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[REBOL] long read, sorry... RE: Re: Hitting the learning curve

From: maximo::meteorstudios::com at: 5-Nov-2003 11:09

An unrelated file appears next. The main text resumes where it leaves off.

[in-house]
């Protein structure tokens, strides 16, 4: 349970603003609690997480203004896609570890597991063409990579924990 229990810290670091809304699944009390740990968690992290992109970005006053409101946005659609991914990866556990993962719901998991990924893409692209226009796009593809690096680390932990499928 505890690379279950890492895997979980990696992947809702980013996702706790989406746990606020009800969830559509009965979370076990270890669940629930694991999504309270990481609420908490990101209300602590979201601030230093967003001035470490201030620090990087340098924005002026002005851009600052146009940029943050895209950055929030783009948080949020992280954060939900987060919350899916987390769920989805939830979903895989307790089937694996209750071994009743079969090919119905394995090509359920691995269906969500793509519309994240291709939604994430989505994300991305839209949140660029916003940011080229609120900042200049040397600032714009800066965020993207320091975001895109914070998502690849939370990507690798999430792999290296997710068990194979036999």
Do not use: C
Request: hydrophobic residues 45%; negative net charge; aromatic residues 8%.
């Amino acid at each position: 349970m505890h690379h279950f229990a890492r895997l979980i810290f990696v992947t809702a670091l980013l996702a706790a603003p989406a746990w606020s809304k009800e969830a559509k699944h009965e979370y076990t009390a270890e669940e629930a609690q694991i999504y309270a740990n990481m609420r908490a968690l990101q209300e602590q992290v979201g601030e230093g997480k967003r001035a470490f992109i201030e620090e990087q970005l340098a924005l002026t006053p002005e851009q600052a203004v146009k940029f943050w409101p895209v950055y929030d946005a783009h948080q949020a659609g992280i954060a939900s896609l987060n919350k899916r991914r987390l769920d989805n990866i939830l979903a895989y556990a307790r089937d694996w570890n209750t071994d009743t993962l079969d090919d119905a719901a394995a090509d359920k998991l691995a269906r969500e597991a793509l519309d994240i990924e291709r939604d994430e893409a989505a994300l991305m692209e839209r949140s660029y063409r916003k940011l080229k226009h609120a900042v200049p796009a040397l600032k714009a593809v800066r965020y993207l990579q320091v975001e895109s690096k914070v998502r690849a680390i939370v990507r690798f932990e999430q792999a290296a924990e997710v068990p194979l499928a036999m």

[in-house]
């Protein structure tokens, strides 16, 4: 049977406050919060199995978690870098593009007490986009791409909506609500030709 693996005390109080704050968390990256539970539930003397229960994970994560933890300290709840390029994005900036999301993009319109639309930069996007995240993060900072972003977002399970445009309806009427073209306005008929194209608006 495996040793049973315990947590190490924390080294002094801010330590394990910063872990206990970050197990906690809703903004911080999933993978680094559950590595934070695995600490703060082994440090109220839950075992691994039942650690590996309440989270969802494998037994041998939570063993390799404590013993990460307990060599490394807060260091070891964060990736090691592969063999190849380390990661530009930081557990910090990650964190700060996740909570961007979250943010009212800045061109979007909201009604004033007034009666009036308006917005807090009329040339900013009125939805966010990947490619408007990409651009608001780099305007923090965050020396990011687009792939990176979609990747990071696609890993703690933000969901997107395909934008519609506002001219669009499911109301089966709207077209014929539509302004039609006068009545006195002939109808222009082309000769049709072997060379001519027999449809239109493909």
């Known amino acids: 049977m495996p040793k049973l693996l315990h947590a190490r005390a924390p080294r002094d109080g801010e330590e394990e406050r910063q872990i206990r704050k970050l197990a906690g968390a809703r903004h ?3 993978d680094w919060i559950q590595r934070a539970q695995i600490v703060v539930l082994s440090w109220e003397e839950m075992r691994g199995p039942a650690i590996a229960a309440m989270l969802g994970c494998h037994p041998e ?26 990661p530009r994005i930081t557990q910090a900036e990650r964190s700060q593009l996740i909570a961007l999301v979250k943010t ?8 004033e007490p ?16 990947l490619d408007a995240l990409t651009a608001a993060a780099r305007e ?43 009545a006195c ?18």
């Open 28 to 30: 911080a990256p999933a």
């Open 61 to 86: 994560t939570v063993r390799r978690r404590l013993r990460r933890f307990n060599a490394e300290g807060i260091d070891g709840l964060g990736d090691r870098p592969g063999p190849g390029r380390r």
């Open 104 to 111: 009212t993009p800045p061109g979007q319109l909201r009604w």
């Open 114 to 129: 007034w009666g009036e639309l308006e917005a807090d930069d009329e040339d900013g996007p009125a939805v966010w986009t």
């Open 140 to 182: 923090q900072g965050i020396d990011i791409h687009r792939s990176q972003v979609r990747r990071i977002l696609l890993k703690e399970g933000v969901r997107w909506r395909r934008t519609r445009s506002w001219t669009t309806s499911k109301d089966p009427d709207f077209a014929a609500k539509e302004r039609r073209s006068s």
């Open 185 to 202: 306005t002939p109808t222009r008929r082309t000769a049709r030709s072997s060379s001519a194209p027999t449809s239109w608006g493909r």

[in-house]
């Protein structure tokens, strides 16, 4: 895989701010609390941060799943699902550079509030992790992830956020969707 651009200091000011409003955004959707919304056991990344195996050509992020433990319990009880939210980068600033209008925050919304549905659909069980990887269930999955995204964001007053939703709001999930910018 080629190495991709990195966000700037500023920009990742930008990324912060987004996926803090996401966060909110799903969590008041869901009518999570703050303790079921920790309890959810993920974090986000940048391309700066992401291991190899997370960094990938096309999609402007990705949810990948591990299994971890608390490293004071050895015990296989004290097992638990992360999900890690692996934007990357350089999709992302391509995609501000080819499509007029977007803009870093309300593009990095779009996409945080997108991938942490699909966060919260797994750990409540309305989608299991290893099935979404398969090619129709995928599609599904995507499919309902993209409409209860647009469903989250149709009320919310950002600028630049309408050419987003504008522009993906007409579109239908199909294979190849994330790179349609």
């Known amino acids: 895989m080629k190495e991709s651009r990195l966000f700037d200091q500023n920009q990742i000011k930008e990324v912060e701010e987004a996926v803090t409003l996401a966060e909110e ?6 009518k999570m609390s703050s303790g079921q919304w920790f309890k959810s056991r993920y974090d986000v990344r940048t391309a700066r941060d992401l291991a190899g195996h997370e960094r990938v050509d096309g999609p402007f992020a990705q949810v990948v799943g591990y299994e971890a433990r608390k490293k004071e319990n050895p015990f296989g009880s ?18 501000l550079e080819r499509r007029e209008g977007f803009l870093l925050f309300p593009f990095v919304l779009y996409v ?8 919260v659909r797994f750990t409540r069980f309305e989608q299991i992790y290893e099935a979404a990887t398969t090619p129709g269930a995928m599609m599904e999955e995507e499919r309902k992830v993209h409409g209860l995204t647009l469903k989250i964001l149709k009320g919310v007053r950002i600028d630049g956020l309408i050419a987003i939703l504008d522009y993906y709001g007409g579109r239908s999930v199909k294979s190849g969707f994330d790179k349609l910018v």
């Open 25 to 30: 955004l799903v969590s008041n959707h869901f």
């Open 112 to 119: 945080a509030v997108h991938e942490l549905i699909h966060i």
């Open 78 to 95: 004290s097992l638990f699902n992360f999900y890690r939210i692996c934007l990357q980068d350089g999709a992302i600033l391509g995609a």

-- pekr -- I wont't quote you, I agree with all. Many people also have different views on how everything should work and do similar tools (RSP and my own remark.r are a good example), that is ok, but then it seems, not many actually wish to use those tools once we share them. That is deeply incrusted within rebol, you like it because you can do anything the way you like it, but then you feel lost, because not many released, rugged, tested, proven, tools exist (in the public eye) on top of which you can do it. THAT is the specific goal I want to achieve with steel. provide a common gateway for all tools to integrate, as though they were all wrought of the same iron. There are many facets in order to acheive this, but hey I can't wait for no one to do it, especially not RT. So I do it, stay focused on the end goal, even if its sometimes quite (read extremely) boring to code. comments on rebol/view: ------- glass was built from the ground up using view. no vid code used anywhere. I had to learn view itself, and although I am now happy I had, cause I've created really advanced faces, it really was a pain to find all the information (some things still are mysterious). team management. ------ If I can make a parallel with steel and RT, I think we suffer from the same problem. a fairly detailed release plan with a good idea of what it -should- be. the plans are large and include many things others are doing or trying to, but which aren't integrated. So if you have limited resources, to the exterior, it looks as if its really all ground to a halt, but its not the case. most suggestions are already in the detailed specs, most can't even fathom the advanced plans I have for steel, glass and liquid, but there is so much to do before, that sometimes I feel like I'll never get to them. I'm sure RT suffers from the same problem. the main difference between me and RT is that I try not be silent (I hope I'm not too loud though). I'm giving as much of what I'm doing so that people can see where its at. I also WANT people to participate... which seems to be contrary to RT's POV. BUT alas, it seems people only want to share efforts if their name is going to be included into RT's credits. Only wishing to work on projects with RT's stamp on it. it tooks years for to get to what it is now, in the sence that I had also started to put effort in trying to get it go back live three years ago... but that never delivered, cause I was completely alone and stopped getting feedback from those who had the site's control. The PROBLEM I HAVE with the community is that many of us sit and wait and hope that either RT or some guru will create the tools they need. I agree that many tools are missing, but we should not wait, we should cooperate, in the end, even RT might use some or our code if its rock-solid. STEEL has always been open source minded, but no one seems to want to DO anything. I mean beyond saying "sounds cool", "I' might", "I think", "I hope". Only one person offered to do real concrete help with steel. and I lost his name in a computer swap which went bad, so I don't know who it is anymore (others than it was a french person, please come forwards again :) There are MANY extremely usefull tools. The real problem is that none share the same api, look and feel, or share some common philosophy. Most distribute their scripts in different forms, many aren't specifically released as code bases which are easy to reuse, or even meant to be linked to. Many scripts expect people to peruse the code and figure out how it works, or how to make it work within your code. Python and perl are success stories, because they did not depend on one holy person to do solve all miracles. They quicly setup a standard way to exchange and link code. They made it so that whoever wants to solve a specific person, can only create a linkable module which solves that specific issue and it gets ALL dumped into one archive, no matter where it came from. That way the author of the language can say, hey, they fixed that, I can work on something else. is probably the one thing that might revive the community spirit, if it lives on. Many people only acknowledge efforts if they are supported for a long time... It is a way of knowing if the effort is genuine or if its just an impulse. no one wants to use a tool that will stop being supported a few weeks after its inception. Working as a team helps a lot, especially to keep motivation. I have something in the oven which will help the community to become more united, but I am scared that it too will be just another "looks nice", "sounds cool" thing, even if it will be only be distributed in a release-level and supported state. IT would mean people adhering to a standard... oooh i said the evil word... standard. Most of us love rebol cause its not standards based (in terms of coding methods), you don't have to adapt your mind to a fixed way of thinking... but if the platform is to become more accessible and stable, this will have to become a serious consideration to those of us who build tools. surprise: ---------- I am working on a tool to help us get united in the way we release tools. I have been hacking away for a few weeks now, on and off. I'll be open to suggestions on how to improve it and will add any code that someone contributes to it, if it makes the system safer, more rugged or easier to use, once the version for peer review is released. I don't want to say more, specifically to reduce the amount of hype and limit expectation in time and features, but I am working solely on this architecture everytime I sit in front of my rebol editor... (which is not nearly as often as I'd like too)... its not the most fun thing to code, but It should help the community unite in a way that it currently is not, as long as the community itself accept the api and takes the time to adhere to it, and improve it. Robert, Gregg, the project's current version is not based on creative metaphors, altough ROCK was the prefered term when I started it, cause it represents a solid and durable material, something akin to a foundation on which you build your stuff. I have since renamed it to something more conservative, specifically due to your observations about liquid's naming making it less obvious to approach. :-P cheers! -MAx --- You can either be part of the problem or part of the solution, but in the end, being part of the problem is much more fun.